Vasculitis in Children

Overview

What is vasculitis?

Vasculitis is the inflammation (swelling) of the body’s blood vessels. The condition occurs if your immune system attacks your blood vessels by mistake. Vasculitis can affect very small blood vessels (capillaries), medium-size blood vessels, or large blood vessels such as the aorta (the main blood vessel that leaves the heart).

What happens to the blood vessel in vasculitis?

When the blood vessel is inflamed, it may become weakened and result in structural disruption. Blood flow is impaired and blood clots may form in the inflamed vessels. Together with the swelling of the vascular walls, this effect may contribute to vessel narrowing or occlusion (blockage). Rarely, the vessels also may become thin and stretch in size, which can lead to aneurysms and rupture. This can result in bleeding into the tissue. The vessel wall itself becomes more "leaky," allowing the fluid from within the blood vessels to enter the surrounding tissues and causing swelling. These effects are both responsible for the various types of rashes and skin changes seen in this group of diseases. Involvement of the vessels supplying vital organs like the brain, kidneys, lungs or heart can compromise organ function and be a very serious condition.

What are the types of vasculitis? How is vasculitis classified?

Vasculitis classification in children is based on the size of the blood vessel involved.

  • Large vessel vasculitis, affects the aorta and its major branches.
  • Medium vessel vasculitis, affects arteries supplying the kidneys, bowels, brain or heart
  • Small vessel vasculitis, affects smaller blood vessels including capillaries in various organs

Some types of vasculitis diseases are quite common in children (e.g. Henoch-Schönlein purpura and Kawasaki disease), while the others are rare and their exact frequency is unknown.

Symptoms and Causes

What are the main symptoms of vasculitis?

Disease symptoms vary according to the overall number of inflamed blood vessels (widespread or just a few sites) and their location (vital organs like brain or heart versus skin or muscle) as well as the degree of blood supply compromise. This can vary from a transient minor decrease of blood flow to complete occlusion with subsequent changes to the unsupplied tissue caused by the lack of oxygen and nutrient supply. This can eventually lead to tissue damage with subsequent scarring.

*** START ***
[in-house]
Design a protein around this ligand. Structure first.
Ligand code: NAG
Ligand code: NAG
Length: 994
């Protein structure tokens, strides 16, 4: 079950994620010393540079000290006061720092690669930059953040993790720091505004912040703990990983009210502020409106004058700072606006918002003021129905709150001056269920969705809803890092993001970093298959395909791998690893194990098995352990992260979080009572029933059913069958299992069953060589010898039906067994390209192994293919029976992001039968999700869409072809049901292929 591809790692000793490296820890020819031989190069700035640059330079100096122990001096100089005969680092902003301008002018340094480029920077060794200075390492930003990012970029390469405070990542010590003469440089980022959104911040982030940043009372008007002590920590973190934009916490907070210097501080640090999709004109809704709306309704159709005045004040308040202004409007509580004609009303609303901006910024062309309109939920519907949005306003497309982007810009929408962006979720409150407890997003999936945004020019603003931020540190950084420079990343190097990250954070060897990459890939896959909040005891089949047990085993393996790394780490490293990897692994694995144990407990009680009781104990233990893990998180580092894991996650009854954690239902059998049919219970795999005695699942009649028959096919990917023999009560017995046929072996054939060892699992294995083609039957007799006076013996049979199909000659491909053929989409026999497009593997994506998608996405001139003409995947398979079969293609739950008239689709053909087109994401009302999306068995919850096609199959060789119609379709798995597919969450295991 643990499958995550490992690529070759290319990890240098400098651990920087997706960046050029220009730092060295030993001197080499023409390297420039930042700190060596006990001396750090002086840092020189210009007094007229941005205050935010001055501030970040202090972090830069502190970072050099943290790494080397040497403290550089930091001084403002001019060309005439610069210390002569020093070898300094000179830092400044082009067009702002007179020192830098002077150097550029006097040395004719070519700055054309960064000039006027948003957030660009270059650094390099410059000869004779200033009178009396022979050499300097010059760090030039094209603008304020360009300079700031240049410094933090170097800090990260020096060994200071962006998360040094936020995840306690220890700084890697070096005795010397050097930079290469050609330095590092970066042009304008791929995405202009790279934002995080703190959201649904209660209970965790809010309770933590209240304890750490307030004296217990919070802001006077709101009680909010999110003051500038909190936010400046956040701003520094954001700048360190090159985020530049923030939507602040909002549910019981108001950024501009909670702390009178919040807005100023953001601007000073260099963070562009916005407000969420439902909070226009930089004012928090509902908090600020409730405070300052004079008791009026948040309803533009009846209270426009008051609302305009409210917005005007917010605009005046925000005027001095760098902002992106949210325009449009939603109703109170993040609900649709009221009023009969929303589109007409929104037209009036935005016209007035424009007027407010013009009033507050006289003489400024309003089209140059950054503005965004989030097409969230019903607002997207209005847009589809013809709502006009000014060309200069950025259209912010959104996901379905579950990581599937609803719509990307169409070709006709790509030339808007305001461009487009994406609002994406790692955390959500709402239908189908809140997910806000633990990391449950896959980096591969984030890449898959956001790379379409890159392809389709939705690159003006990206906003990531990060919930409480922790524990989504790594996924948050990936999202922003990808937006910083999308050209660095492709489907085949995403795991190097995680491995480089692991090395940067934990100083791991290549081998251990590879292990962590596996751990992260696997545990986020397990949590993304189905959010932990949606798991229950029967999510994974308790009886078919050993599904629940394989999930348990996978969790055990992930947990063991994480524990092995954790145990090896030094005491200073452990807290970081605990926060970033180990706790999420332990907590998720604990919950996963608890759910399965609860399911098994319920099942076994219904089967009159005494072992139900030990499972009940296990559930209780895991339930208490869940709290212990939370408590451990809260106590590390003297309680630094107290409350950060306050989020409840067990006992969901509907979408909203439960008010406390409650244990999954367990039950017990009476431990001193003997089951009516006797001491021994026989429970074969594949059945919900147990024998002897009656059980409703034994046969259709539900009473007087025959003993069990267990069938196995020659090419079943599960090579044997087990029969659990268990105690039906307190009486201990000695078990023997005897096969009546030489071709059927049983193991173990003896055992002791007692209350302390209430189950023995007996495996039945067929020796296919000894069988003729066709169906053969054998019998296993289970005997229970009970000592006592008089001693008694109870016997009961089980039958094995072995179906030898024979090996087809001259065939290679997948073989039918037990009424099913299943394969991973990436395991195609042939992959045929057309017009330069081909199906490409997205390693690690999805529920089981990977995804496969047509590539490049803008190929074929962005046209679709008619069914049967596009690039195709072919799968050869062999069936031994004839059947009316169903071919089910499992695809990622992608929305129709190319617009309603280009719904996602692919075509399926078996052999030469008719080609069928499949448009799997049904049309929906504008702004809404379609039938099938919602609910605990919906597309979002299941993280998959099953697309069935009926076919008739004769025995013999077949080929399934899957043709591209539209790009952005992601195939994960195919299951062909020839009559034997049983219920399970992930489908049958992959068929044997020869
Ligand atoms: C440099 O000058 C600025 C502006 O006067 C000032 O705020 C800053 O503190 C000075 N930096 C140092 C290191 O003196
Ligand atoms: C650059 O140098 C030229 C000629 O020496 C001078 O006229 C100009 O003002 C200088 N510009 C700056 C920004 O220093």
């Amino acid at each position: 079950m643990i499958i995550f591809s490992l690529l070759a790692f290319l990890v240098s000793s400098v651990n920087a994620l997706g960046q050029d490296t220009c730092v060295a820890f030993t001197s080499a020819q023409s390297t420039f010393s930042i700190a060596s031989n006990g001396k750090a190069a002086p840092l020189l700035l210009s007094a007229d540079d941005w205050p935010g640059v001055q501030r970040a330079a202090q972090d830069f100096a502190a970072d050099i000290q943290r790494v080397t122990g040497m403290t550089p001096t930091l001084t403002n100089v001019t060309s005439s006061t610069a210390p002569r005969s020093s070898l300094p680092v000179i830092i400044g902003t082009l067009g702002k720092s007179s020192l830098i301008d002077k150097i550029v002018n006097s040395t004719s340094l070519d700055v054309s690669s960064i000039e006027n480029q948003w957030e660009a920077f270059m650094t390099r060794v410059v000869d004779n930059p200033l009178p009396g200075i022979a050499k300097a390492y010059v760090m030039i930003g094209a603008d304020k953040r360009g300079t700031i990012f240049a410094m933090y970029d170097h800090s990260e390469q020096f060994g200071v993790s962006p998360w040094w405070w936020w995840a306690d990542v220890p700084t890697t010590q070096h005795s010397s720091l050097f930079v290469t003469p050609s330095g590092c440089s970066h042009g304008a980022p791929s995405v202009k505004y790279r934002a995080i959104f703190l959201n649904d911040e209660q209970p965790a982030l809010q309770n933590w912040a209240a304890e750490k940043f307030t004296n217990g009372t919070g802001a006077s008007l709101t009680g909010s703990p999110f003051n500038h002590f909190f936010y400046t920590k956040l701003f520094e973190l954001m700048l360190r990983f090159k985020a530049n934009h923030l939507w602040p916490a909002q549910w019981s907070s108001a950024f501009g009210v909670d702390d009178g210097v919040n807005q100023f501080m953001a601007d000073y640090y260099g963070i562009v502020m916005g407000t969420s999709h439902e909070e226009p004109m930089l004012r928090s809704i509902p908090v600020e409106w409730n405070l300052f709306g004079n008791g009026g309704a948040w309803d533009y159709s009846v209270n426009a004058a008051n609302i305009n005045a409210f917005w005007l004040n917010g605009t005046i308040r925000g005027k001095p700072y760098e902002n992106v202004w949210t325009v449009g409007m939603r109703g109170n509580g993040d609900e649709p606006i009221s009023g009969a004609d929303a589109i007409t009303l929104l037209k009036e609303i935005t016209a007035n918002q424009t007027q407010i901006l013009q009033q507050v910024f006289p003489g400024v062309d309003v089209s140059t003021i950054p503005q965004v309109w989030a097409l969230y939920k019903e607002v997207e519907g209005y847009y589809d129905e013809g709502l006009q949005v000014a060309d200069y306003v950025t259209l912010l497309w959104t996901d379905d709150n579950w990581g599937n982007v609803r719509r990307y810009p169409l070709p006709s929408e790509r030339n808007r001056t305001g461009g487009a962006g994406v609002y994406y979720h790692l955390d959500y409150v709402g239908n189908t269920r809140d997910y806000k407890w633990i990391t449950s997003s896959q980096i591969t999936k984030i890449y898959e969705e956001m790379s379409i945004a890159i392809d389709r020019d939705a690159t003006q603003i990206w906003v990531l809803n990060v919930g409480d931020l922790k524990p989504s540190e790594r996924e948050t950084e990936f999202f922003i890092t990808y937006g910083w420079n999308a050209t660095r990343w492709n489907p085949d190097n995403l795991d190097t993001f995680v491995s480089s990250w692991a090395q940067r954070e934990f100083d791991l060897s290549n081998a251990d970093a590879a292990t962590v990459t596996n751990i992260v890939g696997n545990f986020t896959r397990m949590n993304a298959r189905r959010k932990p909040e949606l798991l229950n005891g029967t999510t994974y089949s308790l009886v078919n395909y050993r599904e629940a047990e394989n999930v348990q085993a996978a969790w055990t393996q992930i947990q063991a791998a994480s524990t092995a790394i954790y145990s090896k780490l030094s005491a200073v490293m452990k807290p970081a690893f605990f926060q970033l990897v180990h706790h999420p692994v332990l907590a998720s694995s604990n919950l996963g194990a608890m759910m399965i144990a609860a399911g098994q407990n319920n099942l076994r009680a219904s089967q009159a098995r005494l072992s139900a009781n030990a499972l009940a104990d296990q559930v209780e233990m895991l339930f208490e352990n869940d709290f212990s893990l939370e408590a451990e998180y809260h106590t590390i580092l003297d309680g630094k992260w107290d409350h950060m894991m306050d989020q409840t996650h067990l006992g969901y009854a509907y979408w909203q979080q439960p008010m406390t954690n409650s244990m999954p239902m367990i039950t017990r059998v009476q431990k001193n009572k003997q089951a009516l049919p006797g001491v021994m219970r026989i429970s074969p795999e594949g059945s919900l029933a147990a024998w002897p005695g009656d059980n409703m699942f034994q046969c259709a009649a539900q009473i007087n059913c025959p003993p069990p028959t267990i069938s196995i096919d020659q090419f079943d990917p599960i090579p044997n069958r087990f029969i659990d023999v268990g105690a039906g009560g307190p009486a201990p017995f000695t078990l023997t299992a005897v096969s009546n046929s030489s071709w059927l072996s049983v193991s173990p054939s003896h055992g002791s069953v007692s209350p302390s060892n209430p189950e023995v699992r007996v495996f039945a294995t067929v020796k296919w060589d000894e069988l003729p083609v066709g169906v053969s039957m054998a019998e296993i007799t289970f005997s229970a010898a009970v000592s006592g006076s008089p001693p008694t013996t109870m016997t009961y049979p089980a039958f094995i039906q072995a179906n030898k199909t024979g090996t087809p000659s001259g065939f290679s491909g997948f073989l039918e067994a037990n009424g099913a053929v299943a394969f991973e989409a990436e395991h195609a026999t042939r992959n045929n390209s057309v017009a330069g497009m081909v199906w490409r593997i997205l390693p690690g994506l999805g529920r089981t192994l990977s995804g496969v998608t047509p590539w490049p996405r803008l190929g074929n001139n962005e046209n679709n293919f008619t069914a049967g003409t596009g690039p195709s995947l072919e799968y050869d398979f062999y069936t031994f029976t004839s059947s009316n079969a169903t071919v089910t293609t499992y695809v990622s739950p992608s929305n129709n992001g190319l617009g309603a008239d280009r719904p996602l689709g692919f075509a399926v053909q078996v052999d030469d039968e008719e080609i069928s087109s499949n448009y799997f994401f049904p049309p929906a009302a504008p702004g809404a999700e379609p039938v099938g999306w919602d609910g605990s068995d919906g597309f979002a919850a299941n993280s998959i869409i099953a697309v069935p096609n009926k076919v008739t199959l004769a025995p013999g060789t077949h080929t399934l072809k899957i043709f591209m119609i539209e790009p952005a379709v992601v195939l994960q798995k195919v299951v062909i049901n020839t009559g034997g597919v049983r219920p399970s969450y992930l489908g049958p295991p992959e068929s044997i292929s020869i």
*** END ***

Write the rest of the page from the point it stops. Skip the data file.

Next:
Symptoms based on blood supply of organ involvement can include:

  • Brain : Alteration of consciousness, severe headache, stroke-like symptoms (paralysis)
  • Eyes: Blurred vision, seeing floaters, sensitive to light
  • Skin: Rash, chronic ulcer, bruise
  • Bowel: Abdominal pain, diarrhea, blood in stool
  • Lungs: Shortness of breath, coughing up blood
  • Kidneys: Kidney failure, decrease amount of urine, blood and protein leakage from kidney

Diagnosis and Tests

How is vasculitis diagnosed?

Diagnosis of vasculitis can be challenging. The symptoms resemble other various, more common pediatric illnesses. The diagnosis is based on an expert evaluation of clinical symptoms, together with the results of blood and urine tests and imaging studies (ultrasonography, X-rays, CT and MRI scans, angiography). Where appropriate, diagnosis is confirmed by biopsies (samples) taken from the involved and most accessible tissues or organs.

Management and Treatment

How is vasculitis treated?

The treatment for chronic vasculitis is long-term and complex. The main goal is to stop inflammation (swelling) and get the disease under control as soon as possible (induction therapy), and to maintain control over a long period of time (maintenance therapy), while avoiding drug side effects where possible.